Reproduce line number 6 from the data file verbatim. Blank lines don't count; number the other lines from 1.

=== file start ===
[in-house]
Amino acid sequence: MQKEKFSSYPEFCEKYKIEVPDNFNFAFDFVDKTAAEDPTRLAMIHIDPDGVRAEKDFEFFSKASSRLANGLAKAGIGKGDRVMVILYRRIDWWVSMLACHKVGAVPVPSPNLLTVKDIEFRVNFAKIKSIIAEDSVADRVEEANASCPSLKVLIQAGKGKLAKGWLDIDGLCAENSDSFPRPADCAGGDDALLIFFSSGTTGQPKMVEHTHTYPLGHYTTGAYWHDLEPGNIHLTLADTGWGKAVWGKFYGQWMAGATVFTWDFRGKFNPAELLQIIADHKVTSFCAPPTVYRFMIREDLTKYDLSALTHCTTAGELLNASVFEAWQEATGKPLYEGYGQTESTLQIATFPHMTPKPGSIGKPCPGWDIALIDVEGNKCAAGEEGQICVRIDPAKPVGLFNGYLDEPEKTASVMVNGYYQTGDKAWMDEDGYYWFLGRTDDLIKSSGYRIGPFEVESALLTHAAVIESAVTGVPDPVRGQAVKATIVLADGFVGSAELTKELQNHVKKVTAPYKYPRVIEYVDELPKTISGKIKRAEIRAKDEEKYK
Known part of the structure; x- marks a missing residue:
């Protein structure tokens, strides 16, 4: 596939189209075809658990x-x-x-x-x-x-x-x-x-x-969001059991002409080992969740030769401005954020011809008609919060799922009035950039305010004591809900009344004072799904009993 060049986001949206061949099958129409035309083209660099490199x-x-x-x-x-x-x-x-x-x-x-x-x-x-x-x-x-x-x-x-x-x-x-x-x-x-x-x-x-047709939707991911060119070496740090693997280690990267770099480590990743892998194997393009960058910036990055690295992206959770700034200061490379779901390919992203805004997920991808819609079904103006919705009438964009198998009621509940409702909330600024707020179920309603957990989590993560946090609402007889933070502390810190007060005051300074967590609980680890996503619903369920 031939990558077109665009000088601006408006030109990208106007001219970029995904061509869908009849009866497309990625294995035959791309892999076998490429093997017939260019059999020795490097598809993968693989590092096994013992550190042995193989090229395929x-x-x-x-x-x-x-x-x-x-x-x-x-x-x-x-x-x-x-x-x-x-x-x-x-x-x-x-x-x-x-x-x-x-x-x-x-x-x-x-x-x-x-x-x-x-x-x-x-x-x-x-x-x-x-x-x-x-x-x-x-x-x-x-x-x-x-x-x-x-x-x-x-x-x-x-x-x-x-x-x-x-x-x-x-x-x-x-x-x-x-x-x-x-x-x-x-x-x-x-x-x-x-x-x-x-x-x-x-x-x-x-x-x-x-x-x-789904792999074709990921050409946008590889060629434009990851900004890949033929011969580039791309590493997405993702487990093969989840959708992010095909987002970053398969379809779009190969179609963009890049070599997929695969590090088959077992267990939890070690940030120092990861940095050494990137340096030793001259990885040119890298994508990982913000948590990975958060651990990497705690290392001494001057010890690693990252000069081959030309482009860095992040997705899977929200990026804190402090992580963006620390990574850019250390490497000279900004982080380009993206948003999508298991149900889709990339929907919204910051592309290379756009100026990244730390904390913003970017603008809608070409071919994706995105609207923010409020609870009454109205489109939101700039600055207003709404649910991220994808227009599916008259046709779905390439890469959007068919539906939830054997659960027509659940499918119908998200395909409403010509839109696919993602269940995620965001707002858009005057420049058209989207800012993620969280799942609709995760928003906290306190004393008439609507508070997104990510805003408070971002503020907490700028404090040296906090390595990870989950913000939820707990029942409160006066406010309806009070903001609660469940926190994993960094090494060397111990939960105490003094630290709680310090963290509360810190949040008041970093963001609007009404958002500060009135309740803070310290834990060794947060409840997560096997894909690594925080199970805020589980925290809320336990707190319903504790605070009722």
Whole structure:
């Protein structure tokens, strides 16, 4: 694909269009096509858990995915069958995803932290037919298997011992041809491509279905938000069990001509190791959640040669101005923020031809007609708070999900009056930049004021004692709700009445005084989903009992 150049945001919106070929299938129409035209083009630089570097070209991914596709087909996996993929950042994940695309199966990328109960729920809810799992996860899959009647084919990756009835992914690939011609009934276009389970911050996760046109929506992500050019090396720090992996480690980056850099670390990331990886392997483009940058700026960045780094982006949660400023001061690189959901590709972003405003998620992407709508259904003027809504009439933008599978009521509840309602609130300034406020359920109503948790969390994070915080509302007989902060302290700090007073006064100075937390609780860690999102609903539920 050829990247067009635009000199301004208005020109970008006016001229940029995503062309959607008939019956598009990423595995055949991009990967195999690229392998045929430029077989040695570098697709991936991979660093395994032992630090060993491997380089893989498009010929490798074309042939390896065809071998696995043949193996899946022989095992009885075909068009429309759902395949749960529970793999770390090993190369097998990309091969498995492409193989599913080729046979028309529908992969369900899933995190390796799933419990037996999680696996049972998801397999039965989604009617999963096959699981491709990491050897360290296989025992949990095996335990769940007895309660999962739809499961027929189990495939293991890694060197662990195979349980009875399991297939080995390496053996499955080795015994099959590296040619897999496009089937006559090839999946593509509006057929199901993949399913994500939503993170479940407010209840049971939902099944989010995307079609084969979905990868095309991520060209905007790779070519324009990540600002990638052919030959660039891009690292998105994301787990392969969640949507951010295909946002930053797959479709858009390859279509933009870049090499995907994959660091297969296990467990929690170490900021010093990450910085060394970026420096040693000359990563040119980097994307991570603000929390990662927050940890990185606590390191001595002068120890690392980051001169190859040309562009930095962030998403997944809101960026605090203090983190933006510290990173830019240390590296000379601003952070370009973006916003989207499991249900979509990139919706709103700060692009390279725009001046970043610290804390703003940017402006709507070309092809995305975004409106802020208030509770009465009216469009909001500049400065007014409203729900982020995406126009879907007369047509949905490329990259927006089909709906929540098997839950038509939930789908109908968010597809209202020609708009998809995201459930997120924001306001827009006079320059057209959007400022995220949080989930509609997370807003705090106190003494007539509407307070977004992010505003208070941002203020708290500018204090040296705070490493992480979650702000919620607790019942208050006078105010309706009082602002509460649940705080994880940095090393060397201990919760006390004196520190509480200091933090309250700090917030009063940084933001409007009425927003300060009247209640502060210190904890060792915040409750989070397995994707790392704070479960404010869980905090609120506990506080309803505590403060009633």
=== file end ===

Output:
């Protein structure tokens, strides 16, 4: 694909269009096509858990995915069958995803932290037919298997011992041809491509279905938000069990001509190791959640040669101005923020031809007609708070999900009056930049004021004692709700009445005084989903009992 150049945001919106070929299938129409035209083009630089570097070209991914596709087909996996993929950042994940695309199966990328109960729920809810799992996860899959009647084919990756009835992914690939011609009934276009389970911050996760046109929506992500050019090396720090992996480690980056850099670390990331990886392997483009940058700026960045780094982006949660400023001061690189959901590709972003405003998620992407709508259904003027809504009439933008599978009521509840309602609130300034406020359920109503948790969390994070915080509302007989902060302290700090007073006064100075937390609780860690999102609903539920 050829990247067009635009000199301004208005020109970008006016001229940029995503062309959607008939019956598009990423595995055949991009990967195999690229392998045929430029077989040695570098697709991936991979660093395994032992630090060993491997380089893989498009010929490798074309042939390896065809071998696995043949193996899946022989095992009885075909068009429309759902395949749960529970793999770390090993190369097998990309091969498995492409193989599913080729046979028309529908992969369900899933995190390796799933419990037996999680696996049972998801397999039965989604009617999963096959699981491709990491050897360290296989025992949990095996335990769940007895309660999962739809499961027929189990495939293991890694060197662990195979349980009875399991297939080995390496053996499955080795015994099959590296040619897999496009089937006559090839999946593509509006057929199901993949399913994500939503993170479940407010209840049971939902099944989010995307079609084969979905990868095309991520060209905007790779070519324009990540600002990638052919030959660039891009690292998105994301787990392969969640949507951010295909946002930053797959479709858009390859279509933009870049090499995907994959660091297969296990467990929690170490900021010093990450910085060394970026420096040693000359990563040119980097994307991570603000929390990662927050940890990185606590390191001595002068120890690392980051001169190859040309562009930095962030998403997944809101960026605090203090983190933006510290990173830019240390590296000379601003952070370009973006916003989207499991249900979509990139919706709103700060692009390279725009001046970043610290804390703003940017402006709507070309092809995305975004409106802020208030509770009465009216469009909001500049400065007014409203729900982020995406126009879907007369047509949905490329990259927006089909709906929540098997839950038509939930789908109908968010597809209202020609708009998809995201459930997120924001306001827009006079320059057209959007400022995220949080989930509609997370807003705090106190003494007539509407307070977004992010505003208070941002203020708290500018204090040296705070490493992480979650702000919620607790019942208050006078105010309706009082602002509460649940705080994880940095090393060397201990919760006390004196520190509480200091933090309250700090917030009063940084933001409007009425927003300060009247209640502060210190904890060792915040409750989070397995994707790392704070479960404010869980905090609120506990506080309803505590403060009633």